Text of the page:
(UPATED 3 p.m.) A bizarre sequence of events began early Tuesday when the polls opened in Hartford without voter lists available to workers at some of the city’s polling 24 locations. In some cases people were reportedly turned away while others signed affidavits to verify their identities in order to vote without being checked off the voter list.
People were unable to vote in some locations for as much as an hour and a half.
As a result of the confusion, Democratic Gov. Dannel P. Malloy’s campaign filed an Election Day lawsuit to ask a judge to extend voting for one hour this evening in Hartford to accommodate those who may have been turned away from the polls this morning.
And the news apparently traveled fast. President Barack Obama, who visited this state on Sunday to stump for Malloy, was apparently made aware of the problems at the polls in Hartford and called in to WNPR’s Colin McEnroe Show to urge people to get back out to vote if they were turned away this morning.
Obama encouraged listeners not to be deterred by the inconvenience early Tuesday.
“Don’t be discouraged, Hartford, if you had some problems this morning,” Obama said. “Please go vote. Do not give away your power. Do not buy into the notion that it doesn’t make a difference. It really does.”
State Rep. Matt Ritter, D-Hartford, said that he was told by Garey E. Coleman, Hartford’s Democratic Deputy registrar of voters, that the equipment the registrars’ office uses to print its voter lists failed Monday night and there was no backup available.
It’s not yet clear how long it takes to print the list of about 60,000 registered voters for all of the city’s precincts with a working printer, or if the printer had been tested in advance of the Monday deadline. But once the lists were printed, they had to be transported from City Hall to all the polling places, and that’s apparently what was happening early today while people were waiting to vote. Ritter said he did not believe the problem was citywide, but likely impacted five to 10 of the city’s 24 polling places.
The governor was among those who were forced to wait.
“Apparently, some of the polling places didn’t have voter lists,” Malloy said Tuesday morning after a rally in Manchester. “We’re trying to wrap our arms around that. Some of the districts may have been without those for the first hour and a half.”
Ritter took a harder line and said people’s constitutional rights were violated.
“Imagine going to a polling place in America and not being able to vote,” Ritter said. “This can’t be rectified for a lot of people.”
Malloy said he was told that they were still printing the voting lists for the precincts at 5:15 a.m.
He said he waited about 20 minutes to vote at the Hartford Seminary.
Malloy said some polling places allowed voters to vote by signing an affidavit affirming their identity, but others may have mistakenly turned away voters.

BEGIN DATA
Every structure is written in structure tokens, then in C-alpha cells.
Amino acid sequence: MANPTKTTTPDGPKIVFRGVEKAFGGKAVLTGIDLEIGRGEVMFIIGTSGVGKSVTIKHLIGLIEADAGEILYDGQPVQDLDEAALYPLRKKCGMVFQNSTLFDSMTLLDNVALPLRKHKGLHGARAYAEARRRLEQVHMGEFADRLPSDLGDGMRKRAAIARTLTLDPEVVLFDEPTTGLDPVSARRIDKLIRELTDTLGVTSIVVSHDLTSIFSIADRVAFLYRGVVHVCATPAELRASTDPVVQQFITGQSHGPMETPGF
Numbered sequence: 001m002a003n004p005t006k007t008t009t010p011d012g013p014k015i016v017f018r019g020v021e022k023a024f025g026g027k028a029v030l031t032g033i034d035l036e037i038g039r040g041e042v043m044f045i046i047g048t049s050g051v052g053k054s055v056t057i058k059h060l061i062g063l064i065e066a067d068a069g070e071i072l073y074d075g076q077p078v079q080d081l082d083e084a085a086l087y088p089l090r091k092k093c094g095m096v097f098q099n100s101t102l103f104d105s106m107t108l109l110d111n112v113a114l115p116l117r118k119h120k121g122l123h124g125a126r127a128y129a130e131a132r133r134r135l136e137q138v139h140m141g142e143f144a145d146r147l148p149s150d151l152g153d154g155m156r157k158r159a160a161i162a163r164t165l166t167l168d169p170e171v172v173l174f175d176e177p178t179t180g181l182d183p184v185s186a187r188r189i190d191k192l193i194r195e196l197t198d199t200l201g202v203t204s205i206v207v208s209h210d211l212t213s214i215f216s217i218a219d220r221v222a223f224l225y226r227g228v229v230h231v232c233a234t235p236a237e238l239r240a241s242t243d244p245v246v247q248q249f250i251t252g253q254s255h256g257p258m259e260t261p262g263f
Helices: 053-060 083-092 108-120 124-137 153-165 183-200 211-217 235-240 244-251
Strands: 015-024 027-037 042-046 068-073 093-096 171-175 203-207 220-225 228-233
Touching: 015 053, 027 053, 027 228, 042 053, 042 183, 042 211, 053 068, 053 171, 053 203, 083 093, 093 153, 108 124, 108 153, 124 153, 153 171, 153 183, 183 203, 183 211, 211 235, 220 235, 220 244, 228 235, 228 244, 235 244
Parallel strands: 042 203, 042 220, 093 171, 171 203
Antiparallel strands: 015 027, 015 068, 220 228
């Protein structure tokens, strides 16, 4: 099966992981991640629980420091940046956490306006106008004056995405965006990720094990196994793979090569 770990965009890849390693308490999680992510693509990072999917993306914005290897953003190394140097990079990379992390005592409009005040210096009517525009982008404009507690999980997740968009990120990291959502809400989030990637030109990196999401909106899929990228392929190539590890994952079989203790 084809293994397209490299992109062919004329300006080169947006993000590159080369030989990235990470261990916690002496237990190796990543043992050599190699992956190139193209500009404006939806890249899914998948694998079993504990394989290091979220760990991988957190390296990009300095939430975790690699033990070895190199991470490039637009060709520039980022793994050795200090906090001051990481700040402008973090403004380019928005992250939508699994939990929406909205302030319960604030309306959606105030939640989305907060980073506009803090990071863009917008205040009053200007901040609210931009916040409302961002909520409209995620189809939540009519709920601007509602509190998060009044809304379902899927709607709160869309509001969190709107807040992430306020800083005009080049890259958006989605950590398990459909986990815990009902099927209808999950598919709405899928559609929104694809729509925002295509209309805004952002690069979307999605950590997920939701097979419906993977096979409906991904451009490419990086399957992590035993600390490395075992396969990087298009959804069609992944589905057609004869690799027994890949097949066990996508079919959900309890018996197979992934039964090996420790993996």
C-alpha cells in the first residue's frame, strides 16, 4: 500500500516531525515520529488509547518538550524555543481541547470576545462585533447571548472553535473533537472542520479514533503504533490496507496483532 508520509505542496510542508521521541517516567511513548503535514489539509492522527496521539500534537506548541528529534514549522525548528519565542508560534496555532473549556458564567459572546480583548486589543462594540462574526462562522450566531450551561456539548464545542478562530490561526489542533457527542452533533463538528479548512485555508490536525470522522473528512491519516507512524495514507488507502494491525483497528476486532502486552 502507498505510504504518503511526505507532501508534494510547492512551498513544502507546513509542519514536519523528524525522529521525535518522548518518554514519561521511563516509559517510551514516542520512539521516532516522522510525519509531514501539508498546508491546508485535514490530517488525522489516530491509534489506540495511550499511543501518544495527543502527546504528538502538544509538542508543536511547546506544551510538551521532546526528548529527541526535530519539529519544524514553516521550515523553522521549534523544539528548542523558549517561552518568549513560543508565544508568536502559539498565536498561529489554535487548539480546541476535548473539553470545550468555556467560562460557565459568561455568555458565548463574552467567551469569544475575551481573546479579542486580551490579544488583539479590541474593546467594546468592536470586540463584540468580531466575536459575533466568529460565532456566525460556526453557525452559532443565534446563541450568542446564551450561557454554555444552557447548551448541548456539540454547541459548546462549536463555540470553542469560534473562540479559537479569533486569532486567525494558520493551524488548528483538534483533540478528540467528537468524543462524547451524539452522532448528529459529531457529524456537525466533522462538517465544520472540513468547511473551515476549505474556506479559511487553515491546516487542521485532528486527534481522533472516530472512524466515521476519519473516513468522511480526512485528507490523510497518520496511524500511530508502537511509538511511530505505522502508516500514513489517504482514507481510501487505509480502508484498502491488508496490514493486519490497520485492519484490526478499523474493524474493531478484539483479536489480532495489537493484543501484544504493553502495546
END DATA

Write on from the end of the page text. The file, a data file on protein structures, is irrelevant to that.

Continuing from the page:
Secretary of the State Denise Merrill was among those who voted after signing an affidavit, according to Av Harris, a spokesman for the Secretary of the State’s office. Merrill voted at the Hartford Seminary at 6:15 a.m.
At 9:30 a.m. Harris said it was unknown how many voters may have been disenfranchised and turned away at what is typically a very “high traffic” time of day at the polls.
Not everyone may have known they were able to sign an affidavit in order to vote.
“We believe it’s a citywide problem, but we don’t know,” Harris said.
He said he was at a loss to explain why the city’s voting check-off lists weren’t prepared in advance.
“We can’t plan for a lack of preparation or incompetence,” Harris said. The Secretary of the State’s office has little constitutional authority over locally elected Registrars of Voters.
The three Registrars of Voters in Hartford were unable to be reached for comment as of 2:45 p.m. Tuesday but were named in the Malloy campaign’s lawsuit so they were expected in court.
According to Malloy campaign attorney William Bloss, who spoke to reporters about 1 p.m. while waiting for a judge to hear his complaint, municipal election moderators are supposed to have the voter checklist by 8 p.m. the day before the election.
Bloss said there are some laws that are ambiguous, but “this is not one of them.”
Malloy made a point of saying that the lists were all in place and the polls are open in Hartford, and the campaign planned a news conference at 4 p.m. in Hartford where Malloy was to be joined by U.S. Sen. Chris Murphy and Hartford Mayor Pedro Segarra to encourage Hartford residents to go out to vote despite early morning problems.
“The bottom line is everything is fine now,” Malloy said early today.
A spokesman for the Republican Party said it was aware of the problem, but had not seen the complaint filed in court when this story was filed early today.
“We understand that any issues at Hartford polling locations were resolved by 7 a.m. this morning,” Zak Sanders, a spokesman for the Republican Party said. “There’s still plenty of time left today to get to the polls and we encourage anyone who hasn’t already done so to get out and vote before 8 p.m. “
In 2010, the city of Bridgeport faced an entirely different problem. The city had printed only 21,000 ballots for about 69,000 registered voters. By 5 p.m. nearly all of the precincts were running out and they resorted to using photocopied ballots, which had to be hand counted. Further, a judge allowed the city to extend its voting hours until 10 p.m.
Two days later, about 9 p.m. on Thursday, Nov. 4, 2010, another bag of 335 ballots was discovered and counted, further eroding confidence in the city’s results.
As a result of the confusion and the necessity to hand count the results, the city was unable to certify its results until the following Monday.
Check back later as this story is updated.